Movers & Shakers: Christine Taylor – The Holiday Celebration Never Stops
When you think of Scrooge, the odds are the last person you’d connect to his yuletide-bashing way of thinking is Christine Taylor, an actress who truly is all about sweetness and light. She’s a mom of two, the wife of Ben Stiller, a blonde-haired, blue-eyed beauty from the factory town of Allentown, PA who never has a disparaging thing to say about anyone or anything. A nicer woman you will never meet.
So how did Taylor wind up playing a woman who positively loathes Christmas and all it represents in the Hallmark Channel Original Movie “Farewell Mr. Kringle” premiering Saturday, December 4 (8 p.m. ET/PT, 7C).
“I guess that’s a pretty good question,” Taylor says with a laugh. “Yeah, that Scrooge thing isn’t really me. But the truth is that the film is truly a love story. My character finally sees the light, literally. This movie just has a lot of heart. So it isn’t like this was really so weird for me to play. I mean, come on. It’s a Christmas movie on the Hallmark Channel!”
That it is. In “Farewell Mr. Kringle,” Taylor stars as Anna Wahl, a magazine writer who hates everything the yuletide stands for, from the warmth of the season to Santa Claus. So naturally, she’s assigned to do a story about a small, charming town named Mistletoe with Christmas-themed street names and shops and Kris Kringle (W. Morgan Sheppard), who has been assuming the persona of St. Nick for 50 years. The skeptical Anna blows into town ready to scoff at and ridicule everything.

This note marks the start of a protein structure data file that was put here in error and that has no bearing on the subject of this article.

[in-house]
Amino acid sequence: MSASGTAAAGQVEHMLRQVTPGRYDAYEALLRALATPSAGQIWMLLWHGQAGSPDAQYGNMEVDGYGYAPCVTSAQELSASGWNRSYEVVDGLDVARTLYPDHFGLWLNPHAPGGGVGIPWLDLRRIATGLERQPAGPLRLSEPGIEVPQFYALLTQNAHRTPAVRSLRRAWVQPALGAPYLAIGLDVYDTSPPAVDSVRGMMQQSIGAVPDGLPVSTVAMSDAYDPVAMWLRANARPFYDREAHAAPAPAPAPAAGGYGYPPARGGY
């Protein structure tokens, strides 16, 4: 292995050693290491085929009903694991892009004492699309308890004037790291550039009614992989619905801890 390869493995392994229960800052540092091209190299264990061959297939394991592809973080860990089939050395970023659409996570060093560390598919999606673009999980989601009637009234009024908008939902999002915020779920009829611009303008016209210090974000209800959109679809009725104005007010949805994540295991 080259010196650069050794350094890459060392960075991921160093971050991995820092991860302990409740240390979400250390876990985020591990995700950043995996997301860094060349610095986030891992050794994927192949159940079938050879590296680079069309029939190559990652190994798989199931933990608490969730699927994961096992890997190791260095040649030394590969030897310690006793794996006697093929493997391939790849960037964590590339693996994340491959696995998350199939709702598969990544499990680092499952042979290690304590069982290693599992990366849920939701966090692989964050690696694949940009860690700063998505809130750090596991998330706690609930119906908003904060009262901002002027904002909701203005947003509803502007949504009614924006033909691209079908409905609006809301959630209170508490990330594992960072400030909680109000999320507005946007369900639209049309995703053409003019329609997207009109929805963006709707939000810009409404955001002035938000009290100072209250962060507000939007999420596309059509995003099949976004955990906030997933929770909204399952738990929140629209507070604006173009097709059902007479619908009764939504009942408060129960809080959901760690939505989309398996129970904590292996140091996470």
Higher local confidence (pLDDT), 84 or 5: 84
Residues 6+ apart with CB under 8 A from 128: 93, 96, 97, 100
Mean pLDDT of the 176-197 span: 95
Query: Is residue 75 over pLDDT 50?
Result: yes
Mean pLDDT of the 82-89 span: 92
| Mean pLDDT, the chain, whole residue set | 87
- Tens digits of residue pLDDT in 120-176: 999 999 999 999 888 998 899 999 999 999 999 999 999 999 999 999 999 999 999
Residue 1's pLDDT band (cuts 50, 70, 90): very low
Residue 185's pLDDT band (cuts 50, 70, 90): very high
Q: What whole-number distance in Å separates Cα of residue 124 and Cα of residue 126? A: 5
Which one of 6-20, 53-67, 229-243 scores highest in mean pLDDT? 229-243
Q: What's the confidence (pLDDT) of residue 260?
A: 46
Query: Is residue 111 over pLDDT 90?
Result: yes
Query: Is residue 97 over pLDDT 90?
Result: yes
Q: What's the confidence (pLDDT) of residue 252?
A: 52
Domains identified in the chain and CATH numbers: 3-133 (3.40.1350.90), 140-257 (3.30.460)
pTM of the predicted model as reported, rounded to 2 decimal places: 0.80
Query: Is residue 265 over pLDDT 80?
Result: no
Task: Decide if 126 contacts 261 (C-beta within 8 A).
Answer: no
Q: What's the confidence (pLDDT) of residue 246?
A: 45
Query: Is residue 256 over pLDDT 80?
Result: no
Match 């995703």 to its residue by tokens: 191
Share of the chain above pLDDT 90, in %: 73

But Anna slowly opens up to Kris, who it turns out has something sensitive in common with the writer: he, like she, lost his spouse at Christmastime. This of course helps explain Anna’s negative feelings about the holiday. But as she interviews the townspeople, she’s charmed rather than irritated – especially after meeting an ex-divorce lawyer (Christopher Wiehl) whom she falls for. The only question that remains is whether the power of love on Christmas will prove magical.
“It has such a great message,” Taylor believes. “I just had an awful lot of fun working on the movie. It brought me back to the whole belief and innocence I had as a kid about, you know, Santa Claus, the Tooth Fairy. ‘Mr. Kringle’ is kind of like a Hallmark card, you know, just really warm and appealing and reassuring. The director also gave us a lot of license on the set to just sort of play and explore, do some improv stuff, which was fun.”
A certain amount of make-believe had to be navigated during the shoot as well, given that it was shot during the spring in Simi Valley, CA in 95 degree weather but was supposed to be a cold day in December. “Poor Morgan (Sheppard) had to wear this hot Santa Suit while it was boiling outside,” Taylor recalls.
“But I’ve got to say, I’ve never worked for Hallmark before, and it’s just a wonderful company to act in a project with. They’re all about creating a great working environment. The crew does a lot of these movies together, they are like family, and they really embraced we actors, too. It was all just an amazingly positive experience.”
Like we said, you will probably never hear Christine Taylor complaining about much. She’s a glass-half-full kind of gal, and the positive vibes just sort of flow out of her constantly. It’s really been that way since she had her first high-profile introduction to America when she was cast as Marcia Brady in 1995 in first “The Brady Bunch Movie” and, the following year, in “A Very Brady Sequel.”